State Legislator [who didn't vote George's way]: Hello

George Ryan: Listen, you bastard. Send me back the $10,000 I gave you.

And, no, Carol, George Ryan wasn’t kidding. Of course, he wanted his money back, a deal is a deal. Work a crowd? Sweet talk the Jury? Not really, Carol. George was better at “working you over.”

But, it isn’t just Sun-Times columnist and Chicago Tonight hostess with the mostess Carol Marin who thinks of George Ryan as a successful, charming, loveable pol. One of Marin’s Sun-Times sister colleagues wrote recently:

Some say Ryan could win over jurors just as he did voters in four statewide elections, with his grandfatherly smile and a booming, baritone voice that can come across as firm and insistent, leading some to believe he truly believes what he's saying.

They can say that, but I don’t think there are many who think George got his votes by persuading voters that it was Grandpa George who would be running the show.

One, in most races, the election is between two pols, you only have to “appear,” a little better than the other pol.

Two, as Marin’s Sun-Times colleague noted:

[George] Ryan has publicly shown an explosive anger. In his final days in the governor's office, his public approval rating having plummeted, he became outright belligerent with the media and sometimes took verbal shots at other politicians.
In one news conference, he pulled aside a reporter and shouted a profanity at him because Ryan thought he wrote an unfair story.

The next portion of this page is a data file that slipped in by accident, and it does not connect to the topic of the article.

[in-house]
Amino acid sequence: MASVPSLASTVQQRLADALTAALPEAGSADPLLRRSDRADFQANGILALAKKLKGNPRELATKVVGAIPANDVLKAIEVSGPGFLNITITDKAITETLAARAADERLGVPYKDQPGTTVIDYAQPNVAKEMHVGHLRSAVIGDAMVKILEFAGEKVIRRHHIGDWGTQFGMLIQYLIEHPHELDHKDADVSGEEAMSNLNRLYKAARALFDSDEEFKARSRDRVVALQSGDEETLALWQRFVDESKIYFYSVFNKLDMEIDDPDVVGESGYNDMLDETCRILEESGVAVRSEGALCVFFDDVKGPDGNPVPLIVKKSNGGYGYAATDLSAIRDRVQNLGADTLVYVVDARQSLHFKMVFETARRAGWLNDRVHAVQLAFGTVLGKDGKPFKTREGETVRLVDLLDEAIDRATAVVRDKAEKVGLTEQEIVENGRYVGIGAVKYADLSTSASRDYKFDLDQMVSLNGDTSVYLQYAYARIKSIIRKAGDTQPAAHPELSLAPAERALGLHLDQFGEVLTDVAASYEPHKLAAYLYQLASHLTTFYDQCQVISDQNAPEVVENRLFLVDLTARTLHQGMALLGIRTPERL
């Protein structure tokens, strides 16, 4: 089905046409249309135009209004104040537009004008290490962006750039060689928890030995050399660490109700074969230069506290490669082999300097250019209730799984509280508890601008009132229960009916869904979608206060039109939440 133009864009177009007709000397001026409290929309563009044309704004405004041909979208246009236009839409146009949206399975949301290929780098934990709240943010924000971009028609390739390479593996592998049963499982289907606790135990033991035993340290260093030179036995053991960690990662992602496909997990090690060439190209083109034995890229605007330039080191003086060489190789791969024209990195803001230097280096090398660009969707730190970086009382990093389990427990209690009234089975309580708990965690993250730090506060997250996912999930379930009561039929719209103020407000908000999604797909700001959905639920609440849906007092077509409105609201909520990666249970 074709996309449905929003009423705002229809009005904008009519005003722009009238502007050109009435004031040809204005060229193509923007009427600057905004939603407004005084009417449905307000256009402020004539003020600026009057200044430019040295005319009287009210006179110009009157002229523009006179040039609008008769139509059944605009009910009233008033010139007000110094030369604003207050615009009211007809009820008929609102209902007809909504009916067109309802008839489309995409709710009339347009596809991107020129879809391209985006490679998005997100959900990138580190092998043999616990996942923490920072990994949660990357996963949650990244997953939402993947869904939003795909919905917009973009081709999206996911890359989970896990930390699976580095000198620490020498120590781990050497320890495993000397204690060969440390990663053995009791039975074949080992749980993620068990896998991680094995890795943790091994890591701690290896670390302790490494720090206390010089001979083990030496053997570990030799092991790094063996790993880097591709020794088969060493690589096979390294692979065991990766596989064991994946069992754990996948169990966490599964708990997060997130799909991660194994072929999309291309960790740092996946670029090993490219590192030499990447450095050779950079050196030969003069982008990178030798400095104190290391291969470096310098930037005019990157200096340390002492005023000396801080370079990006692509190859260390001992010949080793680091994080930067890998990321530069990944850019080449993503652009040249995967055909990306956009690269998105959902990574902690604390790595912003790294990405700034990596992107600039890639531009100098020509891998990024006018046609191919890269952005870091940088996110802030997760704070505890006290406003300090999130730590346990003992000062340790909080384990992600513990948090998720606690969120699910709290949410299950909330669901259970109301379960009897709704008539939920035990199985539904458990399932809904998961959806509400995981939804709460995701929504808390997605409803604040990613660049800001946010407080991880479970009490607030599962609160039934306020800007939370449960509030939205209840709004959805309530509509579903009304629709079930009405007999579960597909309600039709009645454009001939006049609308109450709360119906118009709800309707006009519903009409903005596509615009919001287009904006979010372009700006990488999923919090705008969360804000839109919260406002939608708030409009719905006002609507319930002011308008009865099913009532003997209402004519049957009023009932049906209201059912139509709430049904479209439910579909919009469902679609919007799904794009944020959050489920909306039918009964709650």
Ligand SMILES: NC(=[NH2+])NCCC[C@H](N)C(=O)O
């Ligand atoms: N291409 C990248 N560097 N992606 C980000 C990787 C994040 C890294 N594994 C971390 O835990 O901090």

There you go, that’s the George Ryan we know so well.

George Ryan, a great politician, Carol? I don’t think so.
But, remember, It was only six months ago that Carol was giving Grandpa George some daughterly advice, “cop a plea to spare the Republican Party and your family some pain.” And, that was way before Carol Marin became Queen Bee at WTTW.

I wrote [See here]:

Carol, Carol: George Ryan can’t cop a plea. Try him, if you must. Convict him, if you must. Put him in jail for the rest of his life, if you must. Indeed, crucify him, if you must. But, he has his legacy. Senator Dick Durbin, his fellow Democrats and the mainstream media have seen to that. Yes, the media may turn on him over the next few weeks. But will Professor Larry Marshall, from Palo Alto, turn on George? Will Senator Durbin, while trying to defeat Supreme Court nominee Roberts [the man who Durbin thinks will undo Blackmun’s Roe] come back from Washington, DC to turn on George? I don’t think so. A deal is a deal.

Indeed, will you Carol? Will you turn on George?

And guess what. George didn’t cop a plea-- as I said he wouldn’t. And, George won’t testify. As Dirty Harry said, “A good man know his limitations.”
And, Carol Marin didn’t turn on George Ryan. Not last year. Not this year. Not ever. A deal is a deal. It’s Chicago. It’s Illinois.

Carol Marin, take a good look at George Ryan. As I told you six months ago, George is really a Democrat. But, not a very nice one. The Dems may not want him in their party, but the Republicans tell me they have no choice. George Ryan can never go back to the Republican Party. They won’t have him. It is not just the corruption. Although, that’s pretty bad. It is also the evolution, as Democrats put it with affection, to describe George Ryan flipping, after his 1998 election to Goverrnor, on virtually every public policy position, to a Democratic Position. So, what’s left for George, so to speak? Well, only the Democratic Party.

It’s so nice to bring people together. Looks like I can work a crowd, too.
Chicago Tonight airs each weekday evening from 7:00 pm to 8:00 pm in the Chicago Metro area on Ch. 11. The program is re-run at 12:00 am, 1:30 am and 4:30 am.
Jeff Berkowitz, Show Host/Producer of "Public Affairs," and Executive Legal Recruiter doing legal search can be reached at